New English Translation
The Parable of the Growing Seed
26 He also said, “The kingdom of God[a] is like someone who spreads seed on the ground. 27 He goes to sleep and gets up, night and day, and the seed sprouts and grows, though he does not know how. 28 By itself the soil produces a crop, first the stalk, then the head, then the full grain[b] in the head. 29 And when the grain is ripe, he sends in the sickle[c] because the harvest has come.”[d]
The Parable of the Mustard Seed
30 He also asked, “To what can we compare the kingdom of God,[e] or what parable can we use to present it? 31 It is like a mustard seed[f] that when sown in the ground, even though it is the smallest of all the seeds in the ground— 32 when it is sown, it grows up,[g] becomes the greatest of all garden plants, and grows large branches so that the wild birds[h] can nest in its shade.”[i]Read full chapter
- Mark 4:26 sn The kingdom of God is a major theme of Jesus’ teaching. The nature of the kingdom of God in the NT and in Jesus’ teaching has long been debated by interpreters and scholars, with discussion primarily centering around the nature of the kingdom (earthly, heavenly, or both) and the kingdom’s arrival (present, future, or both). An additional major issue concerns the relationship between the kingdom of God and the person and work of Jesus himself.
- Mark 4:28 tn KJV “corn” is the result of British English, in which “corn” refers to the main cereal crop of a district, wheat in England and oats in Scotland (British English uses “maize” to refer to American corn).
- Mark 4:29 tn The Greek word εὐθύς (euthus, often translated “immediately” or “right away”) has not been translated here. It sometimes occurs with a weakened, inferential use (BDAG 406 s.v. 2), not contributing significantly to the flow of the narrative. For further discussion, see R. J. Decker, Temporal Deixis of the Greek Verb in the Gospel of Mark with Reference to Verbal Aspect (SBG 10), 73-77.
- Mark 4:29 sn Because the harvest has come. This parable is found only in Mark (cf. Matt 13:24-30) and presents a complete picture of the coming of God’s kingdom: (1) sowing; (2) growth; (3) harvest. Some understand the parable as a reference to evangelism. While this is certainly involved, it does not seem to be the central idea. In contrast to the parable of the sower which emphasizes the quality of the different soils, this parable emphasizes the power of the seed to cause growth (with the clear implication that the mysterious growth of the kingdom is accomplished by God), apart from human understanding and observation.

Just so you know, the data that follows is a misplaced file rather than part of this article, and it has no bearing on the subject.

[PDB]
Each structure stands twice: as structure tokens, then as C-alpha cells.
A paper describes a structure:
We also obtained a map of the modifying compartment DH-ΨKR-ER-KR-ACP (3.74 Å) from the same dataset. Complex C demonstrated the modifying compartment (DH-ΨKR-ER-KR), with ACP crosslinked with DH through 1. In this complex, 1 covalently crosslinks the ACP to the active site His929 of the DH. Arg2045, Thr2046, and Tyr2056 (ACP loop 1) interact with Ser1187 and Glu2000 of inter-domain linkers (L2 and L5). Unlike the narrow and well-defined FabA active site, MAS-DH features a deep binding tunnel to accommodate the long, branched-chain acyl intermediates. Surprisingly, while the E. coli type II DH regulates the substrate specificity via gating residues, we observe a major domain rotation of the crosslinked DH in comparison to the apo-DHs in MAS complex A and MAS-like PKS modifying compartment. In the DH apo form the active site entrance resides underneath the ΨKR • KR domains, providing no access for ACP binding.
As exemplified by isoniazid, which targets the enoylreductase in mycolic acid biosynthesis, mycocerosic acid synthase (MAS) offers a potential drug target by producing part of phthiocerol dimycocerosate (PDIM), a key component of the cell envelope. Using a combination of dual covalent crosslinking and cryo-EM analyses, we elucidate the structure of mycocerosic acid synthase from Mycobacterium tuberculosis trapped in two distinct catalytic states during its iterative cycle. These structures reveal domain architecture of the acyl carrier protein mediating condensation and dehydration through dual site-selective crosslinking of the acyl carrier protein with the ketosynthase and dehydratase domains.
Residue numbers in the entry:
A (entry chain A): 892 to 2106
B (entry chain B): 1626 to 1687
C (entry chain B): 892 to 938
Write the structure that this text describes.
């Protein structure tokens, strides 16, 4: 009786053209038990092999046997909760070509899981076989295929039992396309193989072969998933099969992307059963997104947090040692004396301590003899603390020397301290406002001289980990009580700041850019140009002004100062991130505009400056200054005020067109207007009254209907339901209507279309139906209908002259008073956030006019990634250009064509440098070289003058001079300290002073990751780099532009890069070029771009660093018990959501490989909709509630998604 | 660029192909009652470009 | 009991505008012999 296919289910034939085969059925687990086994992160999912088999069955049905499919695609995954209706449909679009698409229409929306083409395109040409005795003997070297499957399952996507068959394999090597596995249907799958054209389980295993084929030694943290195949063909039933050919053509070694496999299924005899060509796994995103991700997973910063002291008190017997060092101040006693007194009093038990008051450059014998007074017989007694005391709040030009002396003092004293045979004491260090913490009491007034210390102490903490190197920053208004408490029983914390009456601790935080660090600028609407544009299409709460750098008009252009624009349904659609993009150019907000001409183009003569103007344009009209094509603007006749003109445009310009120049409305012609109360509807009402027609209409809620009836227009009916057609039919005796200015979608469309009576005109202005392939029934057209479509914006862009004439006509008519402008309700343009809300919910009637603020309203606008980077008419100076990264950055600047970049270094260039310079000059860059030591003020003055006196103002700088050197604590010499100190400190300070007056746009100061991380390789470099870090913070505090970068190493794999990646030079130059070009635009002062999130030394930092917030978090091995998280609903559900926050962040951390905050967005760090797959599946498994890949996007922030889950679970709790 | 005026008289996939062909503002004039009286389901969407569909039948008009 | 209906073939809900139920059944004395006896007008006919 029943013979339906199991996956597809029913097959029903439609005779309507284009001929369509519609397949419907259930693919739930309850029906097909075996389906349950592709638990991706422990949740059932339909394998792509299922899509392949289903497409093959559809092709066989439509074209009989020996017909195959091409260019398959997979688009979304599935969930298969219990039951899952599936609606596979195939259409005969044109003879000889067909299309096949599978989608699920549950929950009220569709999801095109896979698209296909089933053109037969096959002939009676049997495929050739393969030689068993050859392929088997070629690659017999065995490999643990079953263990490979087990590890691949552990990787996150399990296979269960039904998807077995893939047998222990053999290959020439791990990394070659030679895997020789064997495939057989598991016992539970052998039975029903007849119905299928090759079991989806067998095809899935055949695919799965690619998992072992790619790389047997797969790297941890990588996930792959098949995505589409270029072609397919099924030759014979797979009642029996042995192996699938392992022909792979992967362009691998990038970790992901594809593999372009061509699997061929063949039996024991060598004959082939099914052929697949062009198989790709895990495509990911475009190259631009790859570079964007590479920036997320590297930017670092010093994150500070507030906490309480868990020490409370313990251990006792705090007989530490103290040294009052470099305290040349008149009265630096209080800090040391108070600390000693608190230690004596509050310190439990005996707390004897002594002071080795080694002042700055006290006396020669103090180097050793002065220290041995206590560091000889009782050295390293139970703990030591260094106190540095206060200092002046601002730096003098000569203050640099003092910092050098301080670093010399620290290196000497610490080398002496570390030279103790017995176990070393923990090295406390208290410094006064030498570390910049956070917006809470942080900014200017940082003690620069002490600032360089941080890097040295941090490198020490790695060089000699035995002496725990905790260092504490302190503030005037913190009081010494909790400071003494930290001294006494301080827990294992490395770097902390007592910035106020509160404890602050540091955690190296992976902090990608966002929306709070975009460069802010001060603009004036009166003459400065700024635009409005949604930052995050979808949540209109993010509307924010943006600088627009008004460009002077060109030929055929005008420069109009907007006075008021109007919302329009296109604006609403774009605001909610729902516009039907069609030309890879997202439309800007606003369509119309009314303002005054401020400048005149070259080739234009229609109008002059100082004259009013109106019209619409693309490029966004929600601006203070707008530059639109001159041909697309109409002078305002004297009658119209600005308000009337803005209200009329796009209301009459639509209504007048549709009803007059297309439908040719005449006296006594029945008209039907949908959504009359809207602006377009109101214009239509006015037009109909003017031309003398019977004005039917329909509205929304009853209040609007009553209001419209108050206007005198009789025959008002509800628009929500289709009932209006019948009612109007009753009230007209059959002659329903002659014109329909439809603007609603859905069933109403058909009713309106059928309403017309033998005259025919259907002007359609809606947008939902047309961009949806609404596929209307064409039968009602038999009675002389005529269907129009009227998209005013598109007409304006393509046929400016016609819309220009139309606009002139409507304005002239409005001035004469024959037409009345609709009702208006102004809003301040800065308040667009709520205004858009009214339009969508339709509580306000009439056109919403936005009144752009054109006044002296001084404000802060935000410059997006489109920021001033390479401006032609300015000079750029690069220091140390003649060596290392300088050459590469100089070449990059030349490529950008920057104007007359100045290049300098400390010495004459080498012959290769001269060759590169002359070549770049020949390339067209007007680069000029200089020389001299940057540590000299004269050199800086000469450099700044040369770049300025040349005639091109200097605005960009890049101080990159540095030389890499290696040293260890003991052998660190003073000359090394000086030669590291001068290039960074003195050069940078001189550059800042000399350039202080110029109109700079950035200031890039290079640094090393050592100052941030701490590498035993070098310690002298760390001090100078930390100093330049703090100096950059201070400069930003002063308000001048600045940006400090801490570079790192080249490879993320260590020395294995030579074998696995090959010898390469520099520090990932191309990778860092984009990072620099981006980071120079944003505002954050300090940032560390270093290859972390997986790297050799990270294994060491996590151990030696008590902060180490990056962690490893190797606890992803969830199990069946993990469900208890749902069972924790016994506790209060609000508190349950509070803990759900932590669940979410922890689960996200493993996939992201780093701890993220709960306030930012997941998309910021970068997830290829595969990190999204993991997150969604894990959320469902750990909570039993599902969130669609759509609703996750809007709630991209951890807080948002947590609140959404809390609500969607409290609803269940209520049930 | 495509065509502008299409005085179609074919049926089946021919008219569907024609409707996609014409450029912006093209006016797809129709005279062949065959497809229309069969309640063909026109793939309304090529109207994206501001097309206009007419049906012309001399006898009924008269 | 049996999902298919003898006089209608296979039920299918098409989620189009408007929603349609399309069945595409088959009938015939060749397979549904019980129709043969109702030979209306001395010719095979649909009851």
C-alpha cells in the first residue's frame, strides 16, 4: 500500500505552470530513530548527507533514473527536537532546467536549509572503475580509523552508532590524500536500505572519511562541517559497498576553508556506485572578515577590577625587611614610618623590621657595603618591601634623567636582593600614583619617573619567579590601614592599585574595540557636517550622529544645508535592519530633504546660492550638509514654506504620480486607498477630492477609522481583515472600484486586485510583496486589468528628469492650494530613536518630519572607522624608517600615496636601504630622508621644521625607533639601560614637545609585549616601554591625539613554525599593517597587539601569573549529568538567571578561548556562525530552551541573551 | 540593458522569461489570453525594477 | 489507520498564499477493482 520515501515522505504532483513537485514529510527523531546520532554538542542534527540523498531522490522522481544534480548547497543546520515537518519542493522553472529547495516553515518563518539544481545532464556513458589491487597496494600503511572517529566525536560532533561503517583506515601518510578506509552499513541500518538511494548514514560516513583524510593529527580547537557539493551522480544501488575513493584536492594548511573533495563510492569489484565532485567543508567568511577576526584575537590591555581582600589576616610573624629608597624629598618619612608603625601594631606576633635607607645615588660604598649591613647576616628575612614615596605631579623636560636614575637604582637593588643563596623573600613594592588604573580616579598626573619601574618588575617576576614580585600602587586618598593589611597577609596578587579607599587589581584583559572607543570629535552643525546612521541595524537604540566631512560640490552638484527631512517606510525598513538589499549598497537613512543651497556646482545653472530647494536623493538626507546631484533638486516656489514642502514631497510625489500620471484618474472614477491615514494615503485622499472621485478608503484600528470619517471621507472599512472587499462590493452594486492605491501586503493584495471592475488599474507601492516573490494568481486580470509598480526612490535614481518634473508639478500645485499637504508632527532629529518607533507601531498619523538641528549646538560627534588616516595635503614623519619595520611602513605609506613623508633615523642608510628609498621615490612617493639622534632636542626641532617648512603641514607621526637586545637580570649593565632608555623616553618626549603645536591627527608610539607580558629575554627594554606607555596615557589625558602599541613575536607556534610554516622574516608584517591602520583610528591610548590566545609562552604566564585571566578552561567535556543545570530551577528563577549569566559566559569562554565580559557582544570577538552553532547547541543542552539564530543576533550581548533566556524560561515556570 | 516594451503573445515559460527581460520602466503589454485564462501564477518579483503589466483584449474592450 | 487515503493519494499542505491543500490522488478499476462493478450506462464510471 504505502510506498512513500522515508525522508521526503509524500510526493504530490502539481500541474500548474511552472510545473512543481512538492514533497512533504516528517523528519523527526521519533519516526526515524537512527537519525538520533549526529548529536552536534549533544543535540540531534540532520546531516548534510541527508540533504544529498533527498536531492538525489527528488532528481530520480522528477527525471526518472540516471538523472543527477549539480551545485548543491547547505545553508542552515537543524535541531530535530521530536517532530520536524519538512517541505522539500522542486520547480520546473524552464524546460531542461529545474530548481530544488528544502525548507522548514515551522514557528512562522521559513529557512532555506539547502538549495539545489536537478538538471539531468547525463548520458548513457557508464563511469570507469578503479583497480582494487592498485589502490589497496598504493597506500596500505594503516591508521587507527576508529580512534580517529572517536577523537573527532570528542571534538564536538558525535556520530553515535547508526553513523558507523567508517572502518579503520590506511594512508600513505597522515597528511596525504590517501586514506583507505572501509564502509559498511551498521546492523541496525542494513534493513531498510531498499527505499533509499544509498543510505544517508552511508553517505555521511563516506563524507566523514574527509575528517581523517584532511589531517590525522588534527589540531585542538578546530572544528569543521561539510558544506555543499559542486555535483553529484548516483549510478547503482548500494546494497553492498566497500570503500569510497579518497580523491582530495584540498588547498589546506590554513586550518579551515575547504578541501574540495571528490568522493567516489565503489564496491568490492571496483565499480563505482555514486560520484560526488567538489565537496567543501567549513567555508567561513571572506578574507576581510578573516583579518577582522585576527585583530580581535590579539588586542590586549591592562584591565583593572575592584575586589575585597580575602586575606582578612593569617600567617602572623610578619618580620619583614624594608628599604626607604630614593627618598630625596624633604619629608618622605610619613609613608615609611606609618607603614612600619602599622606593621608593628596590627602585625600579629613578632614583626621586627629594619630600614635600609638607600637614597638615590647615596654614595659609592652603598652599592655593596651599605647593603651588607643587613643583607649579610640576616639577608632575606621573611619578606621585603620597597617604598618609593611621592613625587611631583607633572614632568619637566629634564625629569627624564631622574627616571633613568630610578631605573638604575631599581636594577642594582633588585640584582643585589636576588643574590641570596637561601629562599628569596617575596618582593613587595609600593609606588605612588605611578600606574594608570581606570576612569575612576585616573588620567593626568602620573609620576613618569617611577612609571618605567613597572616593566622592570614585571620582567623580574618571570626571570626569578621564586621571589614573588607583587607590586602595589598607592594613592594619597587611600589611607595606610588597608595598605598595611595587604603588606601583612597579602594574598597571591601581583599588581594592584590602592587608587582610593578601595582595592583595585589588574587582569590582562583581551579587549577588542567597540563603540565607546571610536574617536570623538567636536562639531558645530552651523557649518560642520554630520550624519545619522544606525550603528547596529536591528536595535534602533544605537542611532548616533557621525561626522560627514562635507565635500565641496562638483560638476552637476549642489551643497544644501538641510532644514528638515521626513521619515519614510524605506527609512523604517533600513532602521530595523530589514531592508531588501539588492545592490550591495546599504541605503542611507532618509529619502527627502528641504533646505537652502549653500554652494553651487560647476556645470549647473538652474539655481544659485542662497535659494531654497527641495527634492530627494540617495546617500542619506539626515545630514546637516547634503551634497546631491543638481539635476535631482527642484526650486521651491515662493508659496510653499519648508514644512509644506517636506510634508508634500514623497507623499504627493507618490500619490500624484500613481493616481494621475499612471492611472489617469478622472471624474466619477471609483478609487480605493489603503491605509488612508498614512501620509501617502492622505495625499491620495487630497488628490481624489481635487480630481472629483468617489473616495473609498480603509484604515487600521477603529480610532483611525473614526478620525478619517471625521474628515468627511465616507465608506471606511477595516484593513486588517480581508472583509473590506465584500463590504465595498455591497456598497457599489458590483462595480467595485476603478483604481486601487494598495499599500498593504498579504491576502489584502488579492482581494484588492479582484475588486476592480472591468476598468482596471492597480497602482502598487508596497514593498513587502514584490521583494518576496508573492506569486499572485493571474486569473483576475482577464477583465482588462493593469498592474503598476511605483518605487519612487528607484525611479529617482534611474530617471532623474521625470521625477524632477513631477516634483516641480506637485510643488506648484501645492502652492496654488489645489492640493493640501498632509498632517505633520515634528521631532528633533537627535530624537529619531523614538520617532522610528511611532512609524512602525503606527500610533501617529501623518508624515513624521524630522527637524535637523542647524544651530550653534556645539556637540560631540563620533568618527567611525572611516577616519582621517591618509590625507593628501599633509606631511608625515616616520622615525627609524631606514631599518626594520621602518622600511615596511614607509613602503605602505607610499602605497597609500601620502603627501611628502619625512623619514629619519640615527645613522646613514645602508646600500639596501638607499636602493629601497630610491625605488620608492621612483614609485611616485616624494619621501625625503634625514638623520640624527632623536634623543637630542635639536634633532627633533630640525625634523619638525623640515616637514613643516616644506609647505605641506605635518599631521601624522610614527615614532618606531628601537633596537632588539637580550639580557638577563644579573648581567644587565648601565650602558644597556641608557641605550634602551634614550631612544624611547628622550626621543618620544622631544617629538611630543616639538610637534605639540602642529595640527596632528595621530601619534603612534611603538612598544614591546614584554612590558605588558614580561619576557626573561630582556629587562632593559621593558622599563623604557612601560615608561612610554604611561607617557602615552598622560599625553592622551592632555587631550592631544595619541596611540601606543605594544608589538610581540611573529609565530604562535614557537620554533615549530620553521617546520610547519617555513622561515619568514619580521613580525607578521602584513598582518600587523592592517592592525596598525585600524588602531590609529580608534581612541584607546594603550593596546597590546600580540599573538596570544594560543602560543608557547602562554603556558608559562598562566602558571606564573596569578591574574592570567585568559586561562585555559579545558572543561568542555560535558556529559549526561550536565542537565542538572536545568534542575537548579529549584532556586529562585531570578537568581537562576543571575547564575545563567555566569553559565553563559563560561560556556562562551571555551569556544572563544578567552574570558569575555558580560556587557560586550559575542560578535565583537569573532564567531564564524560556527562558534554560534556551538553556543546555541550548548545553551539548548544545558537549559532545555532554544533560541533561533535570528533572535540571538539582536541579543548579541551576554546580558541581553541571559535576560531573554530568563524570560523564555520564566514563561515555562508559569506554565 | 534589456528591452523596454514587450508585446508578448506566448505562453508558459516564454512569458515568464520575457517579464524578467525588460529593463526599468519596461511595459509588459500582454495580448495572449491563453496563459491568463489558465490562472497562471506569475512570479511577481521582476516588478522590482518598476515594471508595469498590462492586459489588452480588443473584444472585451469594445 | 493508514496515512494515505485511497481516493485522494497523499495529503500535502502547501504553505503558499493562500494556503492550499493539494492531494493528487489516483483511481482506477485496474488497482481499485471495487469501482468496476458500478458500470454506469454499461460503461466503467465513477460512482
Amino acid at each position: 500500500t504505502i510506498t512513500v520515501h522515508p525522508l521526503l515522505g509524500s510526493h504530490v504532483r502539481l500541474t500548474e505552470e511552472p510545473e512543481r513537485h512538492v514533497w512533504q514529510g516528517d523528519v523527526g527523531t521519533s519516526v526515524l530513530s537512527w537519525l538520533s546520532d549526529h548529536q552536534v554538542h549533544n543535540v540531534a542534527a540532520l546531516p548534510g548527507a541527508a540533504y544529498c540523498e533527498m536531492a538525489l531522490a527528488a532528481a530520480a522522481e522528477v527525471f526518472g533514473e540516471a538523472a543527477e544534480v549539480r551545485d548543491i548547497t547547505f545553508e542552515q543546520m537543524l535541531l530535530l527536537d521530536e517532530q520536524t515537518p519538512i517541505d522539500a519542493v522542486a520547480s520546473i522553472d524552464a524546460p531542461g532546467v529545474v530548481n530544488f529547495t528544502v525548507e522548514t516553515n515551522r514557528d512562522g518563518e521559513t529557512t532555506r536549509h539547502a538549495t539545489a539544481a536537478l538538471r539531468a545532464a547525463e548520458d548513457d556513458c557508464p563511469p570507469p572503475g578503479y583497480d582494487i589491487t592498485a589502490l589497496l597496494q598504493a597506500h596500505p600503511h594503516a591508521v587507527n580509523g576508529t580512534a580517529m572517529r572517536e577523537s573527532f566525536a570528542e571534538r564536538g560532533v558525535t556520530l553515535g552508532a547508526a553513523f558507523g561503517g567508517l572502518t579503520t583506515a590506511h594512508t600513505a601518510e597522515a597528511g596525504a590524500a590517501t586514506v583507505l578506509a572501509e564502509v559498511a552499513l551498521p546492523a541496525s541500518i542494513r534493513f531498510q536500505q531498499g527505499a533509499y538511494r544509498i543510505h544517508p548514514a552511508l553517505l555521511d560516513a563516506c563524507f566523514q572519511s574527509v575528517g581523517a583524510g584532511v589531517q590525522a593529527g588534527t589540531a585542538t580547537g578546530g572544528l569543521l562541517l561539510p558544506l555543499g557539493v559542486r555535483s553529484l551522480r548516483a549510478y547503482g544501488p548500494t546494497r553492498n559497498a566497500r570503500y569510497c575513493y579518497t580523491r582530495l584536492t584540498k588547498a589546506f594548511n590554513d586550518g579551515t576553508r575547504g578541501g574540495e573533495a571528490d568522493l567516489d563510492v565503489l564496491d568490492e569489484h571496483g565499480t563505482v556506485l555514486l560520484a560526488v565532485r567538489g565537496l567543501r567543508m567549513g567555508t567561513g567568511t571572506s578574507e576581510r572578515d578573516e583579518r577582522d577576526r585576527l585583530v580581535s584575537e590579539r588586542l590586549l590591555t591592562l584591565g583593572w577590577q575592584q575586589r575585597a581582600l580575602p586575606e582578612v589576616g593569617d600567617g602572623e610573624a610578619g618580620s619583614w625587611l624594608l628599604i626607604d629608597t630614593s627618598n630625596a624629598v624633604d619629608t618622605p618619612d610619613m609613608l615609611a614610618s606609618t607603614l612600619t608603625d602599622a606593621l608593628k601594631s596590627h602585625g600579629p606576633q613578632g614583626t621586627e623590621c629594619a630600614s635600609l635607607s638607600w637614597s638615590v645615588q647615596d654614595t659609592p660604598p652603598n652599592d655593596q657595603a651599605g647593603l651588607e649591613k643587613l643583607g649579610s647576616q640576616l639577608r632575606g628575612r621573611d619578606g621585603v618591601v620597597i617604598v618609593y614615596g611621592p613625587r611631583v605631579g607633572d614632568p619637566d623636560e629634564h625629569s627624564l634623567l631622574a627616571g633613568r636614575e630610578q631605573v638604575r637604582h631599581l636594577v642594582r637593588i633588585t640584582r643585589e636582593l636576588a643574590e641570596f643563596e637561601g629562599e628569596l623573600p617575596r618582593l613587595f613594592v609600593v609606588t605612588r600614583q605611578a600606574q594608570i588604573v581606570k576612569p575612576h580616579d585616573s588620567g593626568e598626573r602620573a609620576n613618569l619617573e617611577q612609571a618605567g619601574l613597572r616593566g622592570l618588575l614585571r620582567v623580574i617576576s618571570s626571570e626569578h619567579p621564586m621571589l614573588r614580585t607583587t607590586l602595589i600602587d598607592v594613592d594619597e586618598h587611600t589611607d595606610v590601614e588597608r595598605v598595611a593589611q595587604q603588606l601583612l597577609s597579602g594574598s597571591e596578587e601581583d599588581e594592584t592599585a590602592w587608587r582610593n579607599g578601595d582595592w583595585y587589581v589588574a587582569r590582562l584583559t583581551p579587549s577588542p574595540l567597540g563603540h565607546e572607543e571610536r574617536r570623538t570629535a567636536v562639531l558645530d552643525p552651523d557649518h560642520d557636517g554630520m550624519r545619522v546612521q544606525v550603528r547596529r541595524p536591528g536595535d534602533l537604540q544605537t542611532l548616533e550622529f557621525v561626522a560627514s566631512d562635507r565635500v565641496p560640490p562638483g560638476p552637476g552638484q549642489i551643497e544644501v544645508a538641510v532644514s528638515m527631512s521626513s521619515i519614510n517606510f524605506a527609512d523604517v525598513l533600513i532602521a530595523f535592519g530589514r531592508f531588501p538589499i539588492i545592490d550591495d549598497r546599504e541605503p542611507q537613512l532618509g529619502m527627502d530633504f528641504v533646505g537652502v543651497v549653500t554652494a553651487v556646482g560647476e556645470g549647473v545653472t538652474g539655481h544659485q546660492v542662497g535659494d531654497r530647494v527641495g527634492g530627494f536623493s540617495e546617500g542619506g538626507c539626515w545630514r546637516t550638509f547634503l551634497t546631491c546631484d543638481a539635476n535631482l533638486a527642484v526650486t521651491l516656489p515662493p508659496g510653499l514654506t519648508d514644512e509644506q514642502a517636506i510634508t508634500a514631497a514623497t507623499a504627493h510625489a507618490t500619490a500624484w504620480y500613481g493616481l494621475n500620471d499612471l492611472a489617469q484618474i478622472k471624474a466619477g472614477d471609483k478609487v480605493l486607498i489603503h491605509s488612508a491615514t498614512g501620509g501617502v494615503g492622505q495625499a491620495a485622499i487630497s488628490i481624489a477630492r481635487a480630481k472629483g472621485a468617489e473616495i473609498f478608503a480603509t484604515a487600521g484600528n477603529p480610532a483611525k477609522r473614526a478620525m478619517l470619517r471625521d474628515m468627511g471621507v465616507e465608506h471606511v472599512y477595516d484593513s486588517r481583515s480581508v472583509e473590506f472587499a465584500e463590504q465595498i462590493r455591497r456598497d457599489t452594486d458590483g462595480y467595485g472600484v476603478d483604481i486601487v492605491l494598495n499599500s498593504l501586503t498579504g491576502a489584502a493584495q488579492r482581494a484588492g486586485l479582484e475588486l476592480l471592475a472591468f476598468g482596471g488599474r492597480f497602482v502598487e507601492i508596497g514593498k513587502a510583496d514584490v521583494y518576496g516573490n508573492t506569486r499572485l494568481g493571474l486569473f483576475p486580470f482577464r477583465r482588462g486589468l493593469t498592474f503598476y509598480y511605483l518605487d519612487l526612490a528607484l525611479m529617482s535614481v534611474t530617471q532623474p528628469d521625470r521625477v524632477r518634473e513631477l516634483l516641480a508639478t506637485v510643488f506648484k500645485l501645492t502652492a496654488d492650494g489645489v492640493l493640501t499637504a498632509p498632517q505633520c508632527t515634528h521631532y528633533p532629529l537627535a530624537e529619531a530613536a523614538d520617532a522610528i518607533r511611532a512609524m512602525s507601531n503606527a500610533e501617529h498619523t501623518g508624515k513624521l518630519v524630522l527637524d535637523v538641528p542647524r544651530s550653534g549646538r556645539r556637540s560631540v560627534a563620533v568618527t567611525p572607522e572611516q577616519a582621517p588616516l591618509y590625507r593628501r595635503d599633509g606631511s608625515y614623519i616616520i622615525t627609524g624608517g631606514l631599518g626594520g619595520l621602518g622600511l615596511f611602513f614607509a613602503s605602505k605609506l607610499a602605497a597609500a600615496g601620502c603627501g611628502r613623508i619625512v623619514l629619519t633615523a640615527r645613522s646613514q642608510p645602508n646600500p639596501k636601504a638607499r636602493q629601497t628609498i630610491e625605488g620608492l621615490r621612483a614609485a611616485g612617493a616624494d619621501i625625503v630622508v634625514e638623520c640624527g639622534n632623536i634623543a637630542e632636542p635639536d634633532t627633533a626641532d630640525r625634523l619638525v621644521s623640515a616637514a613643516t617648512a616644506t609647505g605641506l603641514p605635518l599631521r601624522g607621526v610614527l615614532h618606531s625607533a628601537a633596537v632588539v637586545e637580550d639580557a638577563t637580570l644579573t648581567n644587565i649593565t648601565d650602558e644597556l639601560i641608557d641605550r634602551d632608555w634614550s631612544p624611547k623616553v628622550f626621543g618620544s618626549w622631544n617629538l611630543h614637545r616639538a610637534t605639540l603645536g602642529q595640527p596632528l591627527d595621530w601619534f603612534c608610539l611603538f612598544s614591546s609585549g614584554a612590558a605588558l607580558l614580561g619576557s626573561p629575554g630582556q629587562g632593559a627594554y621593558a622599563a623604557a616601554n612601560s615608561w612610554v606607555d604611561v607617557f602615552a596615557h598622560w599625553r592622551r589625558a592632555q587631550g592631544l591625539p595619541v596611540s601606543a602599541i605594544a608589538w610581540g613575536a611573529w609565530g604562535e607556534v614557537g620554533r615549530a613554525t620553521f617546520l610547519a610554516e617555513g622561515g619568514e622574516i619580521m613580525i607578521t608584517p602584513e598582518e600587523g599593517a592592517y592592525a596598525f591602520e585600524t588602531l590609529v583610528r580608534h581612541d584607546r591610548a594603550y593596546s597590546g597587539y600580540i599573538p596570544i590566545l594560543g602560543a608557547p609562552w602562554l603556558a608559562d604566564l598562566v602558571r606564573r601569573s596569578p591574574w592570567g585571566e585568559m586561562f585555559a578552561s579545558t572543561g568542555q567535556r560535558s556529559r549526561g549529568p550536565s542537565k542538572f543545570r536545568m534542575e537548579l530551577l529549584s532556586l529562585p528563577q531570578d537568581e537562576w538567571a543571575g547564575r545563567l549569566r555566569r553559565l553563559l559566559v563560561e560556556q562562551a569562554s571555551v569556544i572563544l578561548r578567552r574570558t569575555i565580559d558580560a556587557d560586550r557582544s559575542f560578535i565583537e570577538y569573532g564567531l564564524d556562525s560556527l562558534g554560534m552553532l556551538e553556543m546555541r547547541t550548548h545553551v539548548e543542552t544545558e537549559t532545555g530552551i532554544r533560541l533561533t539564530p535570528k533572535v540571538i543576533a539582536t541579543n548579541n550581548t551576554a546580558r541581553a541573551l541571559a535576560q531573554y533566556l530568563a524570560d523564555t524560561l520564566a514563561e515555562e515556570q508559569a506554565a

- Mark 4:30 sn The kingdom of God is a major theme of Jesus’ teaching. See the note on this phrase in v. 26.
- Mark 4:31 sn Mustard seeds are known for their tiny size.
- Mark 4:32 tn Mark 4:31-32 is fairly awkward in Greek. Literally the sentence reads as follows: “As a mustard seed, which when sown in the earth, being the smallest of all the seeds in the earth, and when it is sown, it grows up…” The structure has been rendered in more idiomatic English, although some of the awkward structure has been retained for rhetorical effect.
- Mark 4:32 tn Grk “the birds of the sky” or “the birds of the heaven”; the Greek word οὐρανός (ouranos) may be translated either “sky” or “heaven,” depending on the context. The idiomatic expression “birds of the sky” refers to wild birds as opposed to domesticated fowl (cf. BDAG 809 s.v. πετεινόν).
- Mark 4:32 sn The point of the parable seems to be that while the kingdom of God may appear to have insignificant and unnoticeable beginnings (i.e., in the ministry of Jesus), it will someday (i.e., at the second advent) be great and quite expansive. The kingdom, however, is not to be equated with the church, but rather the church is an expression of the kingdom. Also, there is important OT background in the image of a small plant that grew and became a tree: Ezek 17:22-24 pictures the reemergence of the Davidic house where people can find calm and shelter. Like the mustard seed, it would start out small but grow to significant size.